IEA reported muted global crude demand growth in Q2 and into Q3 2018 but it is expecting a rebound in Q4 resulting in annual demand growth for 2018 of 1.4 million barrels a day. They expect up to 1.5 million barrels a day growth in 2019, but caveat that if oil prices rise in H2 2018 as a result of supply disruptions then such growth may evaporate.
Total US rig count (including the Gulf of Mexico) stands at 1044, down 13 this week. The horizontal rig count stands at 919, down 3 this week. US rig activity has shown little growth for 12 of the last 14 weeks and is up 11% above last year’s total.
Compared to a November 2014 figure of 1,876 active rigs, the current level is just above 50% of the 2014 high.
Crude Oil Price
Brent, the global benchmark for oil, increased US$3.42 to US$75.78 a barrel, reflecting a gain of 4.73% on the week.
WTI crude rose US$2.66 to US$68.87 a barrel, up 4.02% on the week.
US Crude Oil Supply and Demand
US crude oil refinery inputs averaged 17.9 million barrels per day, with refineries at 98.1% of their operating capacity last week. This is 389,000 barrels per day less than the previous week’s average.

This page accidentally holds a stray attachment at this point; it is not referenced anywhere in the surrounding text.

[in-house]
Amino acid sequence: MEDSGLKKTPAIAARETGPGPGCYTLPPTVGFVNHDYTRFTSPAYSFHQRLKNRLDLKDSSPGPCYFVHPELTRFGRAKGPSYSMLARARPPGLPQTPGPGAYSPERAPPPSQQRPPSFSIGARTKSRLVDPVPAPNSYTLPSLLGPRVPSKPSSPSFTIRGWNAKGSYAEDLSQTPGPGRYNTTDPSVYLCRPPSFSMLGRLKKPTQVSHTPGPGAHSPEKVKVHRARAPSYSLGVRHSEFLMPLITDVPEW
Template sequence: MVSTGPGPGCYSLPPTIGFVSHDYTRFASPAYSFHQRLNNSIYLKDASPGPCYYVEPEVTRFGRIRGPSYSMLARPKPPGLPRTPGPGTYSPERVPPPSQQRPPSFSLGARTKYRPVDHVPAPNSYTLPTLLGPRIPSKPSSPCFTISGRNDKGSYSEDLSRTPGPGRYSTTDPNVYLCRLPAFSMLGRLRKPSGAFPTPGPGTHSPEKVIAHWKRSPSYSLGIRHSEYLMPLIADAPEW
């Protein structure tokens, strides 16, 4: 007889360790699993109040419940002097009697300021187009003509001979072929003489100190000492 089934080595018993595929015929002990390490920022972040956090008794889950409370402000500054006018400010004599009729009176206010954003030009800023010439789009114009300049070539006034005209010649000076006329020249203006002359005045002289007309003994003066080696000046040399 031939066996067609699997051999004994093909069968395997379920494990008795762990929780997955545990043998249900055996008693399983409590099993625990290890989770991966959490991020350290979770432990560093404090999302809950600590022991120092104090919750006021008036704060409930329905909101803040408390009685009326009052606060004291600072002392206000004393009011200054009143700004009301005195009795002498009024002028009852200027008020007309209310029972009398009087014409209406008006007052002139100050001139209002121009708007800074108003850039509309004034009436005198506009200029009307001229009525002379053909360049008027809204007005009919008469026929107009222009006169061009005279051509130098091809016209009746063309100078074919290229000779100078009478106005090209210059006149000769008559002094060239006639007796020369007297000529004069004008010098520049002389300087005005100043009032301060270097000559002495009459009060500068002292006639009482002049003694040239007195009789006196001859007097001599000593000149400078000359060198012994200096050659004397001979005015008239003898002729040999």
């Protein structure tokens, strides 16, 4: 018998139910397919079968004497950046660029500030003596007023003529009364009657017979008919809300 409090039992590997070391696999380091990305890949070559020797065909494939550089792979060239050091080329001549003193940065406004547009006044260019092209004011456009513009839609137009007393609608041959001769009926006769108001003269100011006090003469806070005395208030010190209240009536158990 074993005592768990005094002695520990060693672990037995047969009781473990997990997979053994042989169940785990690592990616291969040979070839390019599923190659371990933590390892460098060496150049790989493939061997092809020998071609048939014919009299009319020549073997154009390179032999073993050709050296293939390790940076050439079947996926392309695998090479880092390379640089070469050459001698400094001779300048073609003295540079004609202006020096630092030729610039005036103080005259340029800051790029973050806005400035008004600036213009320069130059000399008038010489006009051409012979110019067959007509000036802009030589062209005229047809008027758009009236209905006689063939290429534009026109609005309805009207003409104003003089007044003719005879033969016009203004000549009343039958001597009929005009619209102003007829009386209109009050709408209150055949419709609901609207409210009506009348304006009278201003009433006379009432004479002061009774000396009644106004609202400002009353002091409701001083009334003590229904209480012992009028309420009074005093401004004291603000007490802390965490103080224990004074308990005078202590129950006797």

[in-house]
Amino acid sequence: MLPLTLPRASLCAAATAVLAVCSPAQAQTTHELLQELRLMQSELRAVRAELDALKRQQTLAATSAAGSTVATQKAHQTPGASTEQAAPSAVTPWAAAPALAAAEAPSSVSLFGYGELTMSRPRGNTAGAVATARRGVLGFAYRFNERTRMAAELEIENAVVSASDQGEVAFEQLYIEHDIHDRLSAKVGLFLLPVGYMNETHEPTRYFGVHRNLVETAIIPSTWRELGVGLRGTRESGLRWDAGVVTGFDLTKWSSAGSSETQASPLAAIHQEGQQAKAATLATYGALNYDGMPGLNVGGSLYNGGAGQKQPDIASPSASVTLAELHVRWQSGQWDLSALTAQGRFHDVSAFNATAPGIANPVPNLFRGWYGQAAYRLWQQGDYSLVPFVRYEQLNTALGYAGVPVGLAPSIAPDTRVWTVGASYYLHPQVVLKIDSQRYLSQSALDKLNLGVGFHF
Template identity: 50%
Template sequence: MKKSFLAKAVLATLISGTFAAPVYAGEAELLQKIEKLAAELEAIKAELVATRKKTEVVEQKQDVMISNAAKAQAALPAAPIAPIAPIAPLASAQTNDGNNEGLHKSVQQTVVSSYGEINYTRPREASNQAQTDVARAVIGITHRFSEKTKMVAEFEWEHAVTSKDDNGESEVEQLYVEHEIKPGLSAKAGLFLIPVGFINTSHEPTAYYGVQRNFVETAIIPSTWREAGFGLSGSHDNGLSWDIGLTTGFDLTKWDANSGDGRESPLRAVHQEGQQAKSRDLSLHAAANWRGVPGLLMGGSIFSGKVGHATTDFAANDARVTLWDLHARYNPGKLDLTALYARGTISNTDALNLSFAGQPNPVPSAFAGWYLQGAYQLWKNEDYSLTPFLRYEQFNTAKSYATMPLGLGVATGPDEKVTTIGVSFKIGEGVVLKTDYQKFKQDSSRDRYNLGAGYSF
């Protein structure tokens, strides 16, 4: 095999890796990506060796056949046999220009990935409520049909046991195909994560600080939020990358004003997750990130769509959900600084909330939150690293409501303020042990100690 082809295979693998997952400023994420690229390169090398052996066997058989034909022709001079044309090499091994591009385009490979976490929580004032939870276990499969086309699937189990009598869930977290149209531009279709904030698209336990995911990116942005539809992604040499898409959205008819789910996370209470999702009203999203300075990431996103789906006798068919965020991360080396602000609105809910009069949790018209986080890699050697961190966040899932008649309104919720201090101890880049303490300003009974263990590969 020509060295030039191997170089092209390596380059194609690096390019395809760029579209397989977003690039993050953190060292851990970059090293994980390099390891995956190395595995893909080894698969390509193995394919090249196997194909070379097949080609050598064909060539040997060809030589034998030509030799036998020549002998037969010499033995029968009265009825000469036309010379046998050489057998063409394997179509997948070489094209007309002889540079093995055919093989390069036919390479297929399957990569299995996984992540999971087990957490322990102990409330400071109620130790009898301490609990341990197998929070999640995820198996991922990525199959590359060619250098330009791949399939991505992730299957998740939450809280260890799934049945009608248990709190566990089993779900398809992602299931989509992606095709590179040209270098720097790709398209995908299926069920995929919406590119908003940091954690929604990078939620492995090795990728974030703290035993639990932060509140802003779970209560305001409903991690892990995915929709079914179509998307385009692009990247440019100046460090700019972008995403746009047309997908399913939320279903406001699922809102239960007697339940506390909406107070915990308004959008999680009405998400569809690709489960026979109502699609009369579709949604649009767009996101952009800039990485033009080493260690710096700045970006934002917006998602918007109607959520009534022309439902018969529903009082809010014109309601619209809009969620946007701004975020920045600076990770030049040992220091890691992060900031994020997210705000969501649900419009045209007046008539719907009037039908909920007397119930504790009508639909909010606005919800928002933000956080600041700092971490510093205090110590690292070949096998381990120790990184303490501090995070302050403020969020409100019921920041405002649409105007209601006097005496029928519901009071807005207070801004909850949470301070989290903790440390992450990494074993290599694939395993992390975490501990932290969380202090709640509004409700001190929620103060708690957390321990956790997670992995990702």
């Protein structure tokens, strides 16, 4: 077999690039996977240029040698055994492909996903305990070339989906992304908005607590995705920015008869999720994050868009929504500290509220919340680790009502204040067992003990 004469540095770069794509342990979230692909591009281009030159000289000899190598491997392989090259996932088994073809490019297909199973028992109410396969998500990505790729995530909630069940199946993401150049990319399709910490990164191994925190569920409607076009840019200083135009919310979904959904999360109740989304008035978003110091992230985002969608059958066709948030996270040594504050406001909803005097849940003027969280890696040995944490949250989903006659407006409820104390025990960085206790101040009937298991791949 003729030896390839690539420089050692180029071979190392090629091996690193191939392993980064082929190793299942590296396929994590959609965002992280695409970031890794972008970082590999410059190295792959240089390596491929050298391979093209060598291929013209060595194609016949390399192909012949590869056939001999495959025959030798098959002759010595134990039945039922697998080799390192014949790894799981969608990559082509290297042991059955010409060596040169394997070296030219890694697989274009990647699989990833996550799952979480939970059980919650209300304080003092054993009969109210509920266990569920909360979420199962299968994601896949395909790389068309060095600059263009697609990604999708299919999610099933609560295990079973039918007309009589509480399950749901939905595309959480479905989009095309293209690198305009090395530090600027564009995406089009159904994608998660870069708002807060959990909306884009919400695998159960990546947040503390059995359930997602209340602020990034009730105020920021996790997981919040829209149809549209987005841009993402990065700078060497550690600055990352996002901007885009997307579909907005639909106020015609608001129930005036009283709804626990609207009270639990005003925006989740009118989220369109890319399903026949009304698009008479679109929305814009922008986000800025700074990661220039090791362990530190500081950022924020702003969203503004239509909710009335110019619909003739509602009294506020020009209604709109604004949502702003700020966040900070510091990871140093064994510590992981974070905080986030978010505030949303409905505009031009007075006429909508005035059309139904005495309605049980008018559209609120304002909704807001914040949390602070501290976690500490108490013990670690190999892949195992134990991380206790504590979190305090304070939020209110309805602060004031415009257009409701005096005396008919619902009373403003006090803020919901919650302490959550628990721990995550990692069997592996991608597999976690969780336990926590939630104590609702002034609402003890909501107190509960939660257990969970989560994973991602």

US gasoline demand over the past four weeks was at 9.5 million barrels, down 1.5% from a year ago. Total commercial petroleum inventories decreased by 2.5 million barrels last week.
US crude imports averaged 7.5 million barrels per day last week, down by 1,496,000 barrels per day from the previous week. Over the past four weeks, crude oil imports averaged 8.1 million barrels per day, 2.2% less than the same four-week period last year.
US crude exports averaged 1.155 million barrels per day last week, a decrease of 437,000 barrels per day from the previous week. Over the last four weeks, crude oil exports averaged 1.477 million barrels per day, 83.3% more than the same four-week period last year.
Crude oil inventories decreased 5.8 million barrels from the previous week. The crude stored at Cushing (the main price point for WTI) increased 0.8 million barrels; total stored is 24.2 million barrels (~27% utilization).